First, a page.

In the Atsumi Peninsula, Pleistocene deposits called Atsumi group are extensively distributed, and consist of Futagawa, Tahara and Toyohashi formations in ascending order. The lower or the Futagawa formation composed mainly of silt and sand is overlain by the Tahara formation with disconformity, and the latter underlies the Toyohashi formation with local disconformity. Many fossil plant remains have been obtained from various horizons of the group. In this paper the writer reports on the floras of the Futagawa and the Tahara formations. The lower part of the Futagawa formation includes some broad-leaved evergreen trees, which are found generally in the present flora of this peninsula and its vicinity. The climate at that time, therefore, may have been as today. The climate in the age of the upper part of the formation seems, however, to have become cooler, judging from the predominance of the temperate elements. The Tahara formation is divided into three members implying a submergence, the upper two of which are concerned here. The plant remain assemblage of the middle member is composed of broad-leaved deciduous and evergreen trees identical or closely related to the species now living in Central Japan. However, that of the upper lacks in deciduous trees suggesting temperate climate. Consequently, it is assumed that the former represents a little cooler condition than that of the present, whereas the latter as warm as today. It is noticed that Fagus aff. Hayatae, Abies firma and Cyclobalanopsis occur in abundance in the remains of the Tahara formation, compared with those of the Futagawa formation. On the geologic ages of these formations, the writer believes that they are assigned to the early and the middle Pleistocene respectively, judging from no characteristic elements of the Pliocene and also of the late Pleistocene in the floras.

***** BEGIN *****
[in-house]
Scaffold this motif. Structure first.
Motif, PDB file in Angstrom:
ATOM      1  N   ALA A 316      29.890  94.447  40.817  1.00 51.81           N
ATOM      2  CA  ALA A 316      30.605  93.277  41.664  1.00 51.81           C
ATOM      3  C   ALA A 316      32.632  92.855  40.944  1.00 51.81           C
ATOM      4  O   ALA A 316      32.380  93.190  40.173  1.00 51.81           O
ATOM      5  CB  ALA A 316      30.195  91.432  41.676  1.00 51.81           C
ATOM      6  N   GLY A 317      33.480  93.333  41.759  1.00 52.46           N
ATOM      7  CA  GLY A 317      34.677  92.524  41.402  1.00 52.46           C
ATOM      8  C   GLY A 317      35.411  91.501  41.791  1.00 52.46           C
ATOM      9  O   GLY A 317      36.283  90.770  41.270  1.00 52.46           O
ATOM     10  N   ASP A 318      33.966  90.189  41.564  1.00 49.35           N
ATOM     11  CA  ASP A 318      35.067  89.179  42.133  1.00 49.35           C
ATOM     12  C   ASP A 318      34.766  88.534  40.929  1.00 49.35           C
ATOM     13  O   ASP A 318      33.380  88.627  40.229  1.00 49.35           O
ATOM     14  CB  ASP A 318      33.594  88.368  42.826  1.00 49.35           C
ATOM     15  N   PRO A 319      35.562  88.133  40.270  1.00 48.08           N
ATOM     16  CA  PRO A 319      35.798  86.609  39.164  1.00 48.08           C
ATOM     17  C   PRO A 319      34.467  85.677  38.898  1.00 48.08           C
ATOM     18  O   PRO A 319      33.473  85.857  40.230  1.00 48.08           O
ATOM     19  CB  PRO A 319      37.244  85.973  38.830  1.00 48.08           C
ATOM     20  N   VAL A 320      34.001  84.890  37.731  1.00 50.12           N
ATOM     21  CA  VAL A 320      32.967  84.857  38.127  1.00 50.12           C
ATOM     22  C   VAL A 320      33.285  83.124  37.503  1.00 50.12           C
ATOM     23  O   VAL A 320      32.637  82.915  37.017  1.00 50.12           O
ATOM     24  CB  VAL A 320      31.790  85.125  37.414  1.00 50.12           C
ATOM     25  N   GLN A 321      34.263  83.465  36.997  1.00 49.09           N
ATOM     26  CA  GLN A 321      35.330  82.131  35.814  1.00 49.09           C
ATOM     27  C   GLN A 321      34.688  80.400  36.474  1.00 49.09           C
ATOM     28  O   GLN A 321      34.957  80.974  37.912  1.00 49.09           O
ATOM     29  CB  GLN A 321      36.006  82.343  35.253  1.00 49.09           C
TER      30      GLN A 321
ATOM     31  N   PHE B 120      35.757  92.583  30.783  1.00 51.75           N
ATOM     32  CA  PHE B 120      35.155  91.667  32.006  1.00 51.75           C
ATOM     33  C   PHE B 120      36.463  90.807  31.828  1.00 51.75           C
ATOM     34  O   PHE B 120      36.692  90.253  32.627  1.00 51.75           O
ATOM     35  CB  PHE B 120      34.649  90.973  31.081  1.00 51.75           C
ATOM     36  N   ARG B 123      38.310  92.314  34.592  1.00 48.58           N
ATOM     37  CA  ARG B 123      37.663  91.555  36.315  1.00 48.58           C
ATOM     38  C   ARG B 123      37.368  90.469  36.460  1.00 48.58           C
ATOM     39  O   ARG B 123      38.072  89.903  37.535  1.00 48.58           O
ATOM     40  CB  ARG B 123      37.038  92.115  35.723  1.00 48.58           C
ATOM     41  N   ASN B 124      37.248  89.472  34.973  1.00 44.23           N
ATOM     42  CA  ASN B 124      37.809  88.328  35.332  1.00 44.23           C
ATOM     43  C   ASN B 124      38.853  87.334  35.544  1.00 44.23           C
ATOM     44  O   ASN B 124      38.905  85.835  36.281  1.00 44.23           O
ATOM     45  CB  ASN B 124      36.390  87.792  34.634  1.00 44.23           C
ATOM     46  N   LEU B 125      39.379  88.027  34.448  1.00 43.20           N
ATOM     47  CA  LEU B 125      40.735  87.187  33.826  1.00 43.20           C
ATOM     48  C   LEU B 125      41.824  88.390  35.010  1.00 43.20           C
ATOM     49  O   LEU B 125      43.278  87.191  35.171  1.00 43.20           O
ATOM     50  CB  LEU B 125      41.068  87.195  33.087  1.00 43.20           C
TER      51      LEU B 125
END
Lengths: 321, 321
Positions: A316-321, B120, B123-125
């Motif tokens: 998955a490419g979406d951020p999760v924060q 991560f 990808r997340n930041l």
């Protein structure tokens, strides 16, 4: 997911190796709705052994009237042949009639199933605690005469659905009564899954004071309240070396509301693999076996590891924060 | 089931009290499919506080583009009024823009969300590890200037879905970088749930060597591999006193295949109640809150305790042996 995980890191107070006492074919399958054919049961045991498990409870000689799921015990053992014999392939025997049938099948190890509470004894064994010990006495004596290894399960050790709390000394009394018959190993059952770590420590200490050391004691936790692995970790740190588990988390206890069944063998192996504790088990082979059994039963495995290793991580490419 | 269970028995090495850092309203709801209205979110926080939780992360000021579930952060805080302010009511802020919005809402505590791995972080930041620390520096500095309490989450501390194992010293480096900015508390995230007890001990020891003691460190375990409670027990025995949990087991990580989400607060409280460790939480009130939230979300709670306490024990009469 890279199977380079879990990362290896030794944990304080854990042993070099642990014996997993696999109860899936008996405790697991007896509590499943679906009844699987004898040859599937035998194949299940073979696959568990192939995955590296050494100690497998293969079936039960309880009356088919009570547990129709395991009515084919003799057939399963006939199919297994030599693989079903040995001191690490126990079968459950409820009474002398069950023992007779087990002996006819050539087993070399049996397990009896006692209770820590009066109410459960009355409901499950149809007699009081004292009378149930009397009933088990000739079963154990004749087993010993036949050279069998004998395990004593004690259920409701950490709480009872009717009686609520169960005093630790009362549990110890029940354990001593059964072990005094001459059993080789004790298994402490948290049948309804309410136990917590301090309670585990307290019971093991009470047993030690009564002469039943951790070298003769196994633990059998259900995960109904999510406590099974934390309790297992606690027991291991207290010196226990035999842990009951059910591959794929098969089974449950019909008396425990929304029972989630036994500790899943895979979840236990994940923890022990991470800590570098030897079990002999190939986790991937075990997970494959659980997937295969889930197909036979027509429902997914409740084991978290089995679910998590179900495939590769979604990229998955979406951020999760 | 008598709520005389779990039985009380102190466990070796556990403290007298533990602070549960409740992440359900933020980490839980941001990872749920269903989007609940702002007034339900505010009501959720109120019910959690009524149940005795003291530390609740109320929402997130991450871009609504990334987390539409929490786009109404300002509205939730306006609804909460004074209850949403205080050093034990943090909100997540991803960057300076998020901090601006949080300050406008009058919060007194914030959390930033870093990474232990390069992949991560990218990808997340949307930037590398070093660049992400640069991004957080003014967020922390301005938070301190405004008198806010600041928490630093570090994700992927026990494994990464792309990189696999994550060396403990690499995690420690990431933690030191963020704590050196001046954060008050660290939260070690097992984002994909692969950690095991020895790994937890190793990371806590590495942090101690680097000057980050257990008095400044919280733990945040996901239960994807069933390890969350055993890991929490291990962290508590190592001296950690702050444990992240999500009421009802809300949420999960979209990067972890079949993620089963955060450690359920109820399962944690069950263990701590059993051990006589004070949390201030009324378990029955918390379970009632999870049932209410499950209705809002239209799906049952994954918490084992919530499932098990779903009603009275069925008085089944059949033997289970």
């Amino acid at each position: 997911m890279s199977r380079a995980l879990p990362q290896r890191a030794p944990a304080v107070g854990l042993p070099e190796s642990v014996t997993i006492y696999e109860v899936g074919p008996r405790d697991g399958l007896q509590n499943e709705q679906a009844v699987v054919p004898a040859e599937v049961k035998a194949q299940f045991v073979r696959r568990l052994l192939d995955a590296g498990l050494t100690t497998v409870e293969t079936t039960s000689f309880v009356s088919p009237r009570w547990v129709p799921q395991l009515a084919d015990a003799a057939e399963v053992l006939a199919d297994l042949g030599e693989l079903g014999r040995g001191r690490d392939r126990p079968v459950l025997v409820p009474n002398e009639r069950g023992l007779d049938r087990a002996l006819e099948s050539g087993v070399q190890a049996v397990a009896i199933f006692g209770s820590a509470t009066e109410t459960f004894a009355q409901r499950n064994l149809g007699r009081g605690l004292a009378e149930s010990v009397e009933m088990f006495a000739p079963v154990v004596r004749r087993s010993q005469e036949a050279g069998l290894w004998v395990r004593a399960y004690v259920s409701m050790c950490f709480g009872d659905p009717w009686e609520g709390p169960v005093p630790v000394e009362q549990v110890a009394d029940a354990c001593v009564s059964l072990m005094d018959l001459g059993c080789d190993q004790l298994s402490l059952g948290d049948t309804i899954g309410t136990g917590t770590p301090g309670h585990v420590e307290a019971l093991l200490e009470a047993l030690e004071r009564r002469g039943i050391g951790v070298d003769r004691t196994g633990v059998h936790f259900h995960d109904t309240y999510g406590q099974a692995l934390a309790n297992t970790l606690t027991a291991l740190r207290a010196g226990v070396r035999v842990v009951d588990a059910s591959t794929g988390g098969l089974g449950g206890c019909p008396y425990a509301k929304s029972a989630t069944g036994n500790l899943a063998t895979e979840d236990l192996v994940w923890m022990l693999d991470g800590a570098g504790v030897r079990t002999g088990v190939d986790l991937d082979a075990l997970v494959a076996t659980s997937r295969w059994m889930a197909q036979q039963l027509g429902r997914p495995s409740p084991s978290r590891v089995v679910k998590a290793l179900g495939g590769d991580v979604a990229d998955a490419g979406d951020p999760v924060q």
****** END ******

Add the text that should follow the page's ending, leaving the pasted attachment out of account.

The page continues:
The article is summarized as follows: (1) It has been a current view that in the eastern part of the Tama Hills extend two terrace surfaces, that is, older Tama II and younger Shimosueyoshi terraces. But the authors found another terrace called Tsuchihashi terrace which intervenes between Tama II and Shimosueyoshi terraces in age is distributed in the middle of the slopes bordering the two terraces. It is probable that a regression occurred between Tsuchihashi and Shimosueyoshi stages, but it is not yet answered whether a regression intervened between Tama II and Tsuchihashi stages. (2) The authors found consolidated dark blue part of the volcanic ash exclusively in the lower horizon of Musashino “loam” overlying these terraces in this area. The authors believe that the part is unweathered volcanic ash rapidly fallen in remarkable thickness. But it is also possible that the color of the part was resulted from reduction by underground water.
It has generally been accepted that the Manchidani formation unconformably overlies the Osaka group proper in the marginal part of the Osaka basin. But, the writers had begun to have some doubt about the erosional surface beneath the Manchidani formation. As a result of our detailed investigation, the Manchidani formation in the Senpoku Hill was confirmed to belong to the Osaka group itself. Consequently, the Manchidani formation at Manchidani and Hirakata had to be reexamined. The conclusion on the basis of observations at these fields is as follows (Fig. 6). 1. The Larix bed at Manchidani and the Pinus korciensis bed at Hirakata (Shinkori) correspond to the horizon between Ma 6 and Ma 7. 2. The Syzygium bed at Uegahara and Hirakata correspond to the Ma 8 horizon. 3. The Tomistoma bed at Machikaneyama corresponds to the horizon beneath the Syzygium bed.